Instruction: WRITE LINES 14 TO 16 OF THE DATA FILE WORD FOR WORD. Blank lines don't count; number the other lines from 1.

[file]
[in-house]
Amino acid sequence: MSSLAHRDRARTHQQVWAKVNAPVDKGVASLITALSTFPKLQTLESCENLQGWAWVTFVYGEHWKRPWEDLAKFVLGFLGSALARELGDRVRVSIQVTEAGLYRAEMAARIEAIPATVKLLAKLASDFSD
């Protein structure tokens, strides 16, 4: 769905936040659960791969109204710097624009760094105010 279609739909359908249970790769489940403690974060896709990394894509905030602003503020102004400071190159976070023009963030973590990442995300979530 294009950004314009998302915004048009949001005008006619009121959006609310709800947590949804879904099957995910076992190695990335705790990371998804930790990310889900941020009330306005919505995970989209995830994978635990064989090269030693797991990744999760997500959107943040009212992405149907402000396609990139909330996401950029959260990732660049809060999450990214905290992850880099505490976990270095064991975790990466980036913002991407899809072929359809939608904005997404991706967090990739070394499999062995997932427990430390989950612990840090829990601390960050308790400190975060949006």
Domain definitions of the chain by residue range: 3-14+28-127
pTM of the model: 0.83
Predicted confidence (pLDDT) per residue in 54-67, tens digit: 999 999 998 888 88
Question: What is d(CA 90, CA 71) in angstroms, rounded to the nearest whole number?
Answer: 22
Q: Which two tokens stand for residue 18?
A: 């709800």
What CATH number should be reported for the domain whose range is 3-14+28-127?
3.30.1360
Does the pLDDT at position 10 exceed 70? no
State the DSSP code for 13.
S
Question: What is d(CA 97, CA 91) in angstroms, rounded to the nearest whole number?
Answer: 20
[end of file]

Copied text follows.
State the DSSP code for 13.
S
Question: What is d(CA 97, CA 91) in angstroms, rounded to the nearest whole number?